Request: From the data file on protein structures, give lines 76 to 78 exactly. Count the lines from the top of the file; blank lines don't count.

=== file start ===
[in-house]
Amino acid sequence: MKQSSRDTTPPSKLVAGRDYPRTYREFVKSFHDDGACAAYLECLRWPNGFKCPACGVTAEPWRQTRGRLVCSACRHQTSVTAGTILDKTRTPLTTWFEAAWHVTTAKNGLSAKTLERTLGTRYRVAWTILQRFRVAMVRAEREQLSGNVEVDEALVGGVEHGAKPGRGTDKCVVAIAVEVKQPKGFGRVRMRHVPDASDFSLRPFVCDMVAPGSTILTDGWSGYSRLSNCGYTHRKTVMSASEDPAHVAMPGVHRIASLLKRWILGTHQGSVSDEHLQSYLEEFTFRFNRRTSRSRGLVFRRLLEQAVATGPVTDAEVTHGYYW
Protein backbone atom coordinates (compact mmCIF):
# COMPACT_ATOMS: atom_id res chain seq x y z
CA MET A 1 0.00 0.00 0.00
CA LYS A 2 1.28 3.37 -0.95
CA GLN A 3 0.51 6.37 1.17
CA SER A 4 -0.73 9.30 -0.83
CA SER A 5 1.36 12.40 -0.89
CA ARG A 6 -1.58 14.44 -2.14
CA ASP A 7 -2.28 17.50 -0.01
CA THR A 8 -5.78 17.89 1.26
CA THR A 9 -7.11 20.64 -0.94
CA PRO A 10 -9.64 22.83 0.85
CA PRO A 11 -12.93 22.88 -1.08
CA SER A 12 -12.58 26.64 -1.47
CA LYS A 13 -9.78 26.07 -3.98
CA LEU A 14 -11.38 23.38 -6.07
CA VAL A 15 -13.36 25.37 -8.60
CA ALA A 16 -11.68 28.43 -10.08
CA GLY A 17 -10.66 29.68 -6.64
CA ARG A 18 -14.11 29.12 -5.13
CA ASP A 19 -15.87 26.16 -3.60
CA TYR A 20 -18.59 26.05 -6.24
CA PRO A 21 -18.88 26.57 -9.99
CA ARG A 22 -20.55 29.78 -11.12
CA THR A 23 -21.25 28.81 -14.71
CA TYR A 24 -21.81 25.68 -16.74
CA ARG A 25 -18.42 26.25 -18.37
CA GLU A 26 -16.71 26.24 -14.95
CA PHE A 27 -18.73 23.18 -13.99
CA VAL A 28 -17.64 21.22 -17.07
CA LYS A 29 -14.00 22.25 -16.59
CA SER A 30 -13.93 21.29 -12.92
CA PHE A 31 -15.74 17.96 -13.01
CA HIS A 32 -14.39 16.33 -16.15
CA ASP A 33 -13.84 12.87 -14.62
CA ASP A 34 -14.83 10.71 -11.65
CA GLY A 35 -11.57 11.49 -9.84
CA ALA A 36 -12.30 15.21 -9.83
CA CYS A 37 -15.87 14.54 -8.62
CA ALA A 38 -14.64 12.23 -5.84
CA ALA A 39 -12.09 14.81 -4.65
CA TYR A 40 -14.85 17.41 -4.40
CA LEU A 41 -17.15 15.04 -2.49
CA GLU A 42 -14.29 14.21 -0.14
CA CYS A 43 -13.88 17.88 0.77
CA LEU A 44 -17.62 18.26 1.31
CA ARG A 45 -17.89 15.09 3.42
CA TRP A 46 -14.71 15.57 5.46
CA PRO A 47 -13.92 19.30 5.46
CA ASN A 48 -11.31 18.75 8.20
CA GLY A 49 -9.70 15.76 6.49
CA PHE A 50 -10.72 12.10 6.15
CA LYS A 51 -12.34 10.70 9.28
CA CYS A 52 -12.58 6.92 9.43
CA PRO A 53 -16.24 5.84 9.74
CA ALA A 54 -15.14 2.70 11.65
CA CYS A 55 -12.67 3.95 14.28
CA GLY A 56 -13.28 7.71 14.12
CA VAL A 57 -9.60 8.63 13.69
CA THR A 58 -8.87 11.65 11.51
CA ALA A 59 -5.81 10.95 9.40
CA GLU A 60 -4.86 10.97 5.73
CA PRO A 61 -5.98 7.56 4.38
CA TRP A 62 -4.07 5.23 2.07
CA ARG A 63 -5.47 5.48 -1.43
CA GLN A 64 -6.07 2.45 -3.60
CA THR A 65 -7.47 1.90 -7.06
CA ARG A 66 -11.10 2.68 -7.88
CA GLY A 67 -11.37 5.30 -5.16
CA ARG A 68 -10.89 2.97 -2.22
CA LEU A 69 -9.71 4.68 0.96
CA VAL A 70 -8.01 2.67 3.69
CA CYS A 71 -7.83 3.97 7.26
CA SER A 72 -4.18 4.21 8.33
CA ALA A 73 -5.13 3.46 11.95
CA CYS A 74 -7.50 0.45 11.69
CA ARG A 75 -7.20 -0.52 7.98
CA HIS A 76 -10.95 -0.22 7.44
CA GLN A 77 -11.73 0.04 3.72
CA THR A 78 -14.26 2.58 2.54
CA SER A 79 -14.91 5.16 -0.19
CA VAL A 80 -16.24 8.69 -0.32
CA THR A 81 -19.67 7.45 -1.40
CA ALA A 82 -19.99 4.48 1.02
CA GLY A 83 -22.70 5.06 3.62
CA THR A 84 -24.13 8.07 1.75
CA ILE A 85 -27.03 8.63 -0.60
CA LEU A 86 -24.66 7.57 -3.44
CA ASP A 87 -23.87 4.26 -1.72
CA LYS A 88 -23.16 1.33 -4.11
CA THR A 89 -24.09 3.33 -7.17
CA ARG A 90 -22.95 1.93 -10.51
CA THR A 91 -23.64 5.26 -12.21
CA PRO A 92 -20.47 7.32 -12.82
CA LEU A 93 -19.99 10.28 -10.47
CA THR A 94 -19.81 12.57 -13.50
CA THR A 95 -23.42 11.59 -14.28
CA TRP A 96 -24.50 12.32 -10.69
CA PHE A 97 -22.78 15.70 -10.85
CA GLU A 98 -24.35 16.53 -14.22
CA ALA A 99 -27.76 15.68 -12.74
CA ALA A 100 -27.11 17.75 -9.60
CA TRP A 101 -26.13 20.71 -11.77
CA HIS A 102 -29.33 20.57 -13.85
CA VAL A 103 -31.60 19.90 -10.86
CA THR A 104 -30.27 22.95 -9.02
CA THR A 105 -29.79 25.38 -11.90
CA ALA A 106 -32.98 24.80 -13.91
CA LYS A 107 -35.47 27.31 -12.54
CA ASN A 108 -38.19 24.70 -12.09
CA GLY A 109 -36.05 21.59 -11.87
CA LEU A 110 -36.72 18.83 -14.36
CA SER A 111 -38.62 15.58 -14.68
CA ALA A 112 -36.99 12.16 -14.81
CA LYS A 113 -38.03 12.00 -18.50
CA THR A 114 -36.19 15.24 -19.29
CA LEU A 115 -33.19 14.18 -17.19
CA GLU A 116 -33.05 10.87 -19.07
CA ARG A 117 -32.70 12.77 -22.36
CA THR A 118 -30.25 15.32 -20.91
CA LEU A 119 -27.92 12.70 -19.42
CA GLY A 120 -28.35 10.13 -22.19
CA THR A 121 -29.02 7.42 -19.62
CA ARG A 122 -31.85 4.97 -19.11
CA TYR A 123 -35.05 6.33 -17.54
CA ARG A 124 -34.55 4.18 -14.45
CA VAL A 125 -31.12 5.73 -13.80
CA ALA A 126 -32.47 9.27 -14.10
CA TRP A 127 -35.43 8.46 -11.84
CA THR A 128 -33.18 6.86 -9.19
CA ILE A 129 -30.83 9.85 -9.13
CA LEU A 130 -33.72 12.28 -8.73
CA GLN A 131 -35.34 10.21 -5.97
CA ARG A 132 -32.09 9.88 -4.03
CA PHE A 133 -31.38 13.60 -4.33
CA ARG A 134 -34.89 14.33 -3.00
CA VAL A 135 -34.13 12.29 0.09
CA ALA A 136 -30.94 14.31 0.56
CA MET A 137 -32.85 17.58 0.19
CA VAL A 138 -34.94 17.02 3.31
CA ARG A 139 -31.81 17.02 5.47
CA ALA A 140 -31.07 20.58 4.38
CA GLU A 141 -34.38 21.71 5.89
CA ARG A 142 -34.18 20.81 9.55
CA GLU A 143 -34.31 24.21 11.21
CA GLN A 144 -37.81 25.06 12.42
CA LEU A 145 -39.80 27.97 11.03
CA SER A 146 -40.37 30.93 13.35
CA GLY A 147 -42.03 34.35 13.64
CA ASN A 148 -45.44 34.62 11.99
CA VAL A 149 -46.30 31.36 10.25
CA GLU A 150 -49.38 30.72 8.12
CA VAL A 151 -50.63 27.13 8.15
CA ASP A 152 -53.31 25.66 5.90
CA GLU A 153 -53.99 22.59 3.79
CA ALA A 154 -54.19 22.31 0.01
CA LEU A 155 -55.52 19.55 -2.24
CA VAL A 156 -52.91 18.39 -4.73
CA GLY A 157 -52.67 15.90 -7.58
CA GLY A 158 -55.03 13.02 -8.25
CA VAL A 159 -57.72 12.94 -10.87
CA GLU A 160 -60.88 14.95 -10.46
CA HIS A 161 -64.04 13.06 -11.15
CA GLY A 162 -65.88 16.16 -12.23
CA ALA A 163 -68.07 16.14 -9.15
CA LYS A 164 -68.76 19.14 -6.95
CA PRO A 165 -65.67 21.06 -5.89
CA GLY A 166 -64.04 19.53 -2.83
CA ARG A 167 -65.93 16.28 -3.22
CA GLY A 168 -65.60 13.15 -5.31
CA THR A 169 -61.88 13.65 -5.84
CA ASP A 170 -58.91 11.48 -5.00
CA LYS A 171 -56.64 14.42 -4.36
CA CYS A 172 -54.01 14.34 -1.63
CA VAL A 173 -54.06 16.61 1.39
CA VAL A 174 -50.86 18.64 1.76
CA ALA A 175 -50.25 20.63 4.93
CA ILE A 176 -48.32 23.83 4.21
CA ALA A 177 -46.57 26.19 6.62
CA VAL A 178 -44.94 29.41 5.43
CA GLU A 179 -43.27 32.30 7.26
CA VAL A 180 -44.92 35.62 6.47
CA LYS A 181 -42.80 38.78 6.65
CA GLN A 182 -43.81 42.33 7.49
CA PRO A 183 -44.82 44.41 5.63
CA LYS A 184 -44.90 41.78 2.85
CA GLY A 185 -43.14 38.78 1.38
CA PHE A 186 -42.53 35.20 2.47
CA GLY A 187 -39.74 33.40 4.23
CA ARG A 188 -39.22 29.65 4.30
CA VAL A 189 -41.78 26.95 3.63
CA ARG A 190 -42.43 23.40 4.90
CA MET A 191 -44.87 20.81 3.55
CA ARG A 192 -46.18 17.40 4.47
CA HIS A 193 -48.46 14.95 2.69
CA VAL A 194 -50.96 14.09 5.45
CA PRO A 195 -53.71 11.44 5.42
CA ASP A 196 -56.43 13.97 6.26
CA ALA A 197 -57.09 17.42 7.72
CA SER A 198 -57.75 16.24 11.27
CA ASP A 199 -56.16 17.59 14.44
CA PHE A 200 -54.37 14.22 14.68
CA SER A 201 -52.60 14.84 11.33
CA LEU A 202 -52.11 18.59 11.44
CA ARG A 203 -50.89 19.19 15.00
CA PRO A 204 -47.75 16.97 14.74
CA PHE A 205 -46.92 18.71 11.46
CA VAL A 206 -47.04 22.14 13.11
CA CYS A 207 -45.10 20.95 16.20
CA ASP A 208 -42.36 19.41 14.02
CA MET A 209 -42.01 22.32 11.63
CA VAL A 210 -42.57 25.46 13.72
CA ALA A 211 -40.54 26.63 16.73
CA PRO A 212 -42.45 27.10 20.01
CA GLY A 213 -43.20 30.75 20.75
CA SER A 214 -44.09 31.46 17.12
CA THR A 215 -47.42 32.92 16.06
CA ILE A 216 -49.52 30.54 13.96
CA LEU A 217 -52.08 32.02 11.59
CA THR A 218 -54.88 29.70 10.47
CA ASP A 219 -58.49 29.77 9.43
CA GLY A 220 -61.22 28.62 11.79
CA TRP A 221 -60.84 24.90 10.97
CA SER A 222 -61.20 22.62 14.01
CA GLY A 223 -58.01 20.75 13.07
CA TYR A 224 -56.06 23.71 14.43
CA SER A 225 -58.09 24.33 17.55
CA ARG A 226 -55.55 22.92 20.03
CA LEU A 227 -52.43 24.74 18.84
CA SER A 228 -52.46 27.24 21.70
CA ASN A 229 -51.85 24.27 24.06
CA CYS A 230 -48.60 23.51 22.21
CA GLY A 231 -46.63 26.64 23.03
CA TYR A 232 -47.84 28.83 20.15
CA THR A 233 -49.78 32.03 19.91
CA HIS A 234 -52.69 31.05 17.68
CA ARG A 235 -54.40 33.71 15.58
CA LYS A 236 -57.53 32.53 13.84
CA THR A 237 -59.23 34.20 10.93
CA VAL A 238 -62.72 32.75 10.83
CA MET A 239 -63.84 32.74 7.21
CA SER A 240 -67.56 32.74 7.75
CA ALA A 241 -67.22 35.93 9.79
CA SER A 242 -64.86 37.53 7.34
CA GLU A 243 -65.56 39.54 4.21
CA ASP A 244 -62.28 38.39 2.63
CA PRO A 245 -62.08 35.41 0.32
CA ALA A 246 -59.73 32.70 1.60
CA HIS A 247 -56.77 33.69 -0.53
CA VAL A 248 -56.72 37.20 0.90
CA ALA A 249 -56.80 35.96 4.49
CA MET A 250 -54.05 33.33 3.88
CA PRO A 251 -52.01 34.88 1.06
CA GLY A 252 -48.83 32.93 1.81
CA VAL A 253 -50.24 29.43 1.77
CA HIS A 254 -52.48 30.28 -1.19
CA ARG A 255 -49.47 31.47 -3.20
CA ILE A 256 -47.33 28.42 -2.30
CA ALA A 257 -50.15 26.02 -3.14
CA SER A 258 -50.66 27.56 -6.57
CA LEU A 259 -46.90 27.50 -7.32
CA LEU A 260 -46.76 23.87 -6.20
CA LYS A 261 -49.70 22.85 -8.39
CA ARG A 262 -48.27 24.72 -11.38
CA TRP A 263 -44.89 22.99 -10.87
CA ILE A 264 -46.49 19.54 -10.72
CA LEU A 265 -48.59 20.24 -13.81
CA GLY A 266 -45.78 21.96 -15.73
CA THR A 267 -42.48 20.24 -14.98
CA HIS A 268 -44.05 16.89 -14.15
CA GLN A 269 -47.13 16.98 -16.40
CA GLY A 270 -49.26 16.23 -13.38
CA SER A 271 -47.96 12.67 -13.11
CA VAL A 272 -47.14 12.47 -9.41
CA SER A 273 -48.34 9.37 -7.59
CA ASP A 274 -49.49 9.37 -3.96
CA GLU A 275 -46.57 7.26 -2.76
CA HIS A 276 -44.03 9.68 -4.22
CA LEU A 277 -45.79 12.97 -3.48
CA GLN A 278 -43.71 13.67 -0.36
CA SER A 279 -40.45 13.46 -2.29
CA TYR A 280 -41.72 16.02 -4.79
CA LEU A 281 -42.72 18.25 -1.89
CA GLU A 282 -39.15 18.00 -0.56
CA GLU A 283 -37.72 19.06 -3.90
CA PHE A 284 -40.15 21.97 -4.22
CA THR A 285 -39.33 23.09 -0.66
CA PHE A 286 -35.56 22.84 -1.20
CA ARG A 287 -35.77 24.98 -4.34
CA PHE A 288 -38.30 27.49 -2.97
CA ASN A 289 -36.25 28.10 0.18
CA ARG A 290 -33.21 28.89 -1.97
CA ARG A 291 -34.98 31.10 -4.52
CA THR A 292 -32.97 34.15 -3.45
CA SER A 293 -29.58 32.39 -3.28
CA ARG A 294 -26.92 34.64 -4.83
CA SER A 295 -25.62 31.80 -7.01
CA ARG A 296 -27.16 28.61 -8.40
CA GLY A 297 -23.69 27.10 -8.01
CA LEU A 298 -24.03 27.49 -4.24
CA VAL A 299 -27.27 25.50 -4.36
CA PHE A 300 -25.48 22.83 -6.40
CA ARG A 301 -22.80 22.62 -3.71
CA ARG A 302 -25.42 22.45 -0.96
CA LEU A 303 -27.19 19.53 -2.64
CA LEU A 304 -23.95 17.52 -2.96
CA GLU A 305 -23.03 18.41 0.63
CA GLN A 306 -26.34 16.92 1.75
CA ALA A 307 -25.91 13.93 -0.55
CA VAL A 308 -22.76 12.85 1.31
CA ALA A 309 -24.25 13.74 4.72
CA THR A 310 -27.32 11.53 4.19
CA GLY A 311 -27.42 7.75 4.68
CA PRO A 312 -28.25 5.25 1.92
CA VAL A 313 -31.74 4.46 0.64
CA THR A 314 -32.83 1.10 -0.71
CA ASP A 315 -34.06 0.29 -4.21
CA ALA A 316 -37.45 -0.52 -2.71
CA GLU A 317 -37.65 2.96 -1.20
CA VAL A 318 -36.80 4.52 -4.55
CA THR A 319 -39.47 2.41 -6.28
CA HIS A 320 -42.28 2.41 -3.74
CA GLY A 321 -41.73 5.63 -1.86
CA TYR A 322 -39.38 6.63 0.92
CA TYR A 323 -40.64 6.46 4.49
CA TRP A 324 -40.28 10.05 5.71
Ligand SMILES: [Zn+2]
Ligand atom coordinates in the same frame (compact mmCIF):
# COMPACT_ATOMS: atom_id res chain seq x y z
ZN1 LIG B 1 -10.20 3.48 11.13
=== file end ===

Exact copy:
CA SER A 72 -4.18 4.21 8.33
CA ALA A 73 -5.13 3.46 11.95
CA CYS A 74 -7.50 0.45 11.69